* U.S. pending home sales slump in September
* Fed meeting could fuel more dollar selling
* S&P 500 ticks up to new record
By Rodrigo Campos
NEW YORK, Oct 28 Brent crude rose nearly 2
percent on Monday after Libya's oil exports dropped, while
stocks were little changed at record highs on expectations that
the Federal Reserve will keep its loose monetary policy in place
The U.S. dollar edged up but held close to a nine-month low
against a basket of currencies as Fed policy continued to
determine the overall trend.
The Federal Open Market Committee, the Fed's policy-setting
arm, is unlikely to make any shift in policy at its two-day
meeting that ends Wednesday as it awaits more evidence of how
badly Washington's recent budget battle hurt the U.S. economy.
Most risk assets rose last week as the uncertainty caused by
the U.S. government shutdown and a mixed batch of economic data
convinced many that the Fed would delay any move to begin
trimming its stimulus into next year.
With the dollar trading near its lowest levels of the year
against most major currencies, however, and the euro near a
two-year high and many major global share indexes near record
highs, investors were wary of pushing prices higher.
"It may turn out that a neutral FOMC is a green light to
keep selling the dollar until November headline data begin
appearing in early December, but there is already a lot of
dovishness priced in," said Steven Englander, global head of
foreign exchange strategy at CitiFX, a division of Citigroup in
The dollar index was up 0.2 percent at 79.337, not far from
a near nine-month low of 78.998 touched on Friday. The euro
dipped to $1.3782, having touched a high of $1.3833 late last
The longer the Fed keeps its policy loose, the longer U.S.
yields will stay low, making the dollar less attractive.
U.S. stocks were little changed, with the S&P 500 near the
record set on Friday as traders awaited earnings from Apple
due after the closing bell.
"The Fed is not going anywhere, which is what caused the
rally for the last week-and-a-half, but now the market does feel
a little bit tired, it certainly feels like the market is ahead
of where the fundamentals say," said Ken Polcari, director of
the NYSE floor division at O'Neil Securities in New York.
The Dow Jones industrial average edged up 2.84
points, or 0.02 percent, at 15,573.12. The Standard & Poor's 500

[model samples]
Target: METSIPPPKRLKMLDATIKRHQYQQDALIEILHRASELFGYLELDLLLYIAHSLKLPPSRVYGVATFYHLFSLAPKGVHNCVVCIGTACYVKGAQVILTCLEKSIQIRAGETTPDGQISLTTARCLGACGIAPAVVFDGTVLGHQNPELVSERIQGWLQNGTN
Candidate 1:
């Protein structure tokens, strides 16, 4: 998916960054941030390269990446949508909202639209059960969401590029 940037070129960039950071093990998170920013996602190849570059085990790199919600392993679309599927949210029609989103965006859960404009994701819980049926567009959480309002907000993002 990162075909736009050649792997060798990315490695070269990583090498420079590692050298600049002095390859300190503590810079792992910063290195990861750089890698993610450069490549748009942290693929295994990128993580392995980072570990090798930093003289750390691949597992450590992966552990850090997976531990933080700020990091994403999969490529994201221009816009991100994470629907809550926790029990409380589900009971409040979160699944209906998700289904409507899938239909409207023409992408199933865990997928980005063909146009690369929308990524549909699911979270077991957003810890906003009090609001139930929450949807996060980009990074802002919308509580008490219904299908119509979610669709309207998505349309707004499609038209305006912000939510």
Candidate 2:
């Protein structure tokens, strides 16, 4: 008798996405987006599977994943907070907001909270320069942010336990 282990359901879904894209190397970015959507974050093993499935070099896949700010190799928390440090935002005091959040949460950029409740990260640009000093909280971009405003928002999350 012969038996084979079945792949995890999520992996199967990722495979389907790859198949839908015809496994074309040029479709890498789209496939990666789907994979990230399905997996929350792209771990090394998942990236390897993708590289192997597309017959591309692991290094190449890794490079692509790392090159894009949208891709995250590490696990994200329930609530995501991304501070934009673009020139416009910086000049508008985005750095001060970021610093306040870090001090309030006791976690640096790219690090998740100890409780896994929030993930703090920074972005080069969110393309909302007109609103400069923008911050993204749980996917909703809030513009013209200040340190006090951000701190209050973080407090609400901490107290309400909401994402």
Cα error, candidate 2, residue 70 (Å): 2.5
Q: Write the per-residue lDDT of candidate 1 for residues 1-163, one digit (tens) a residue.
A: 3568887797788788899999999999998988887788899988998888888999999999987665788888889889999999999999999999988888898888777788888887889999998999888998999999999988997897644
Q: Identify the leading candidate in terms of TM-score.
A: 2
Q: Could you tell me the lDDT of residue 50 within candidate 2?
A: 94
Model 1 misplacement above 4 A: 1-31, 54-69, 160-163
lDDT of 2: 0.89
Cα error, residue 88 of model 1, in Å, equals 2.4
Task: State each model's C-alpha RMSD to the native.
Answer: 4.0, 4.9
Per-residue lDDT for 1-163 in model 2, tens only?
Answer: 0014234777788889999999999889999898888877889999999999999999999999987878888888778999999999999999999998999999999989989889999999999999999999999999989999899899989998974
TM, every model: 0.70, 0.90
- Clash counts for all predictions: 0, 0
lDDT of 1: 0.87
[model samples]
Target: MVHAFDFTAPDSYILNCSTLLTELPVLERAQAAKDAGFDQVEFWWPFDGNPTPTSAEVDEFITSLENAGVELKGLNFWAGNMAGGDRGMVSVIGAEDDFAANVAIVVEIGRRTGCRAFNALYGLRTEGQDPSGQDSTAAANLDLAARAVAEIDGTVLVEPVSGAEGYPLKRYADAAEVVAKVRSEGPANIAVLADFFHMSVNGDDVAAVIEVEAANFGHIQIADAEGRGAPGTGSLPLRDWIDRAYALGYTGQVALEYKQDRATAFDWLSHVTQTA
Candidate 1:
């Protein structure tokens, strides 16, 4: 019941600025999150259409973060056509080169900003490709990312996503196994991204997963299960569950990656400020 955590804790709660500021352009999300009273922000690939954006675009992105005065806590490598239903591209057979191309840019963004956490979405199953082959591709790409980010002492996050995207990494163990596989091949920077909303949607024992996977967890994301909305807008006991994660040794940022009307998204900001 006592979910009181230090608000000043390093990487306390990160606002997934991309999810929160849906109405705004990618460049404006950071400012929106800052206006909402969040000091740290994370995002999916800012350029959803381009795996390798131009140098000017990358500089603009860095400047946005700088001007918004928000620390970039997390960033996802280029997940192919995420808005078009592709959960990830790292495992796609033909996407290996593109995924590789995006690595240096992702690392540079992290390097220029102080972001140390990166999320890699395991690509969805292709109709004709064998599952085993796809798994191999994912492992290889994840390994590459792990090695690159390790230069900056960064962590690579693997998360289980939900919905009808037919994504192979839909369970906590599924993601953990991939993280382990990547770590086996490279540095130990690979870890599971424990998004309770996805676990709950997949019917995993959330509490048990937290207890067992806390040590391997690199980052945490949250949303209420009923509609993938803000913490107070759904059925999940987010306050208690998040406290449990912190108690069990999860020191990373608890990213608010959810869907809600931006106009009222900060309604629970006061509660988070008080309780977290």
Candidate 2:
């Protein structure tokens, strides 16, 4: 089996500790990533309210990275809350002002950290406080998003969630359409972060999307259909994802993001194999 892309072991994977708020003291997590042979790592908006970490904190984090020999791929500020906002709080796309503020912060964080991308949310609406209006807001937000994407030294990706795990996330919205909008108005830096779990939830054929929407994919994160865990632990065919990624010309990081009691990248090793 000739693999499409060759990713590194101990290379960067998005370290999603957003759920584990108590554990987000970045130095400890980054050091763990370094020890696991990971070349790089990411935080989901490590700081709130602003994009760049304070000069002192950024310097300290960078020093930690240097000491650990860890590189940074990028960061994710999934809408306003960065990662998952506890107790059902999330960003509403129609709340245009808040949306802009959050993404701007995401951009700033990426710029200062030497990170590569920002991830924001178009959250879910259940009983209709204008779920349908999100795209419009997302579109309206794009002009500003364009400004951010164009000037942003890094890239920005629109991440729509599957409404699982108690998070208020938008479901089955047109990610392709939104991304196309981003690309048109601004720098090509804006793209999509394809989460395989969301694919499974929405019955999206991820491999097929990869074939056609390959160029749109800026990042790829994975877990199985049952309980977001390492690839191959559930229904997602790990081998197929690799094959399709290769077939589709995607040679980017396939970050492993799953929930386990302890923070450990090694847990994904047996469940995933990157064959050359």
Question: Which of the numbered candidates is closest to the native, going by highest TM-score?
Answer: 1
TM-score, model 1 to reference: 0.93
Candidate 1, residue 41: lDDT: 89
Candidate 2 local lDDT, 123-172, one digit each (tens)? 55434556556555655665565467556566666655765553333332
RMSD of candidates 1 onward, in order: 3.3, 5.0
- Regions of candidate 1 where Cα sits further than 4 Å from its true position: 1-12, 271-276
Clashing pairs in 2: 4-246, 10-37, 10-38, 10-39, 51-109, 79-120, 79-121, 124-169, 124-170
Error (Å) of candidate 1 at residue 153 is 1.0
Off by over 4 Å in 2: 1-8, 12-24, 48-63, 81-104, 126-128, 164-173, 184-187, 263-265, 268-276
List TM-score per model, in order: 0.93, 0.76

Index was up 2.32 points, or 0.13 percent, at 1,762.09.
The Nasdaq Composite Index was down 1.99 points, or 0.05
percent, at 3,941.37.
The S&P 500 closed at a record on Friday. The benchmark was
stuck in a 5.1 point range on Monday, which could be its
tightest for any day in almost eight months.
MSCI's world equity index, which tracks
share moves in 45 countries, was up 0.2 percent, marking a
fourth day of gains as it climbed back toward last week's peak,
last seen in January 2008.
After opening in line with Asian markets' gains, Europe's
main indexes turned lower to reflect a more mixed set of
corporate earnings and caution over the recent run up.
The broad FTSEurofirst 300 index was down 0.1
percent as it shed some of last week's 0.6 percent gain, which
had taken the index to a five-year high.
OIL RISES ON LIBYA, OTHER MARKETS ON FED WATCH
In the oil market, Brent crude briefly hit more than $109 a
barrel after a new drop in Libya's oil exports revived supply
concerns, while strong gains in U.S. industrial output boosted
Brent rose 1.6 percent to $108.59 a barrel and U.S. crude
added 0.4 percent to $98.21 a barrel.
The likelihood that Fed cash will keep flowing into the
financial system for longer than many had anticipated supported
gold and other metal markets. But after strong gains last week,
these markets were also wary of pushing much higher.
Spot gold was up 0.1 percent at $1,353.20 an ounce,
after hitting a five-week high of $1,356.50. Copper was
also up 0.1 percent at $7,191.50 a ton.
U.S. Treasuries prices were unchanged as investors prepared
to make room for this week's $96 billion in longer-dated
government debt supply, with yields hovering near three-month
Bond prices pared an initial decline after a surprisingly
weak reading on U.S. pending home sales revived some safe-haven
bids. Analysts, however, downplayed the market's reception to
the disappointing data.
"It's hard to read into the data in the next month or two.
They're so skewed," said Justin Lederer, Treasury strategist
with Cantor Fitzgerald in New York.
Data is being taken with a grain of salt as a partial
federal government shutdown in the first half of October is
expected to affect readings.
Benchmark 10-year Treasury notes traded down
3/32 in price to yield 2.5143 percent. The 10-year yield touched
a three-month low of 2.471 percent last week in the wake of weak
September jobs figures.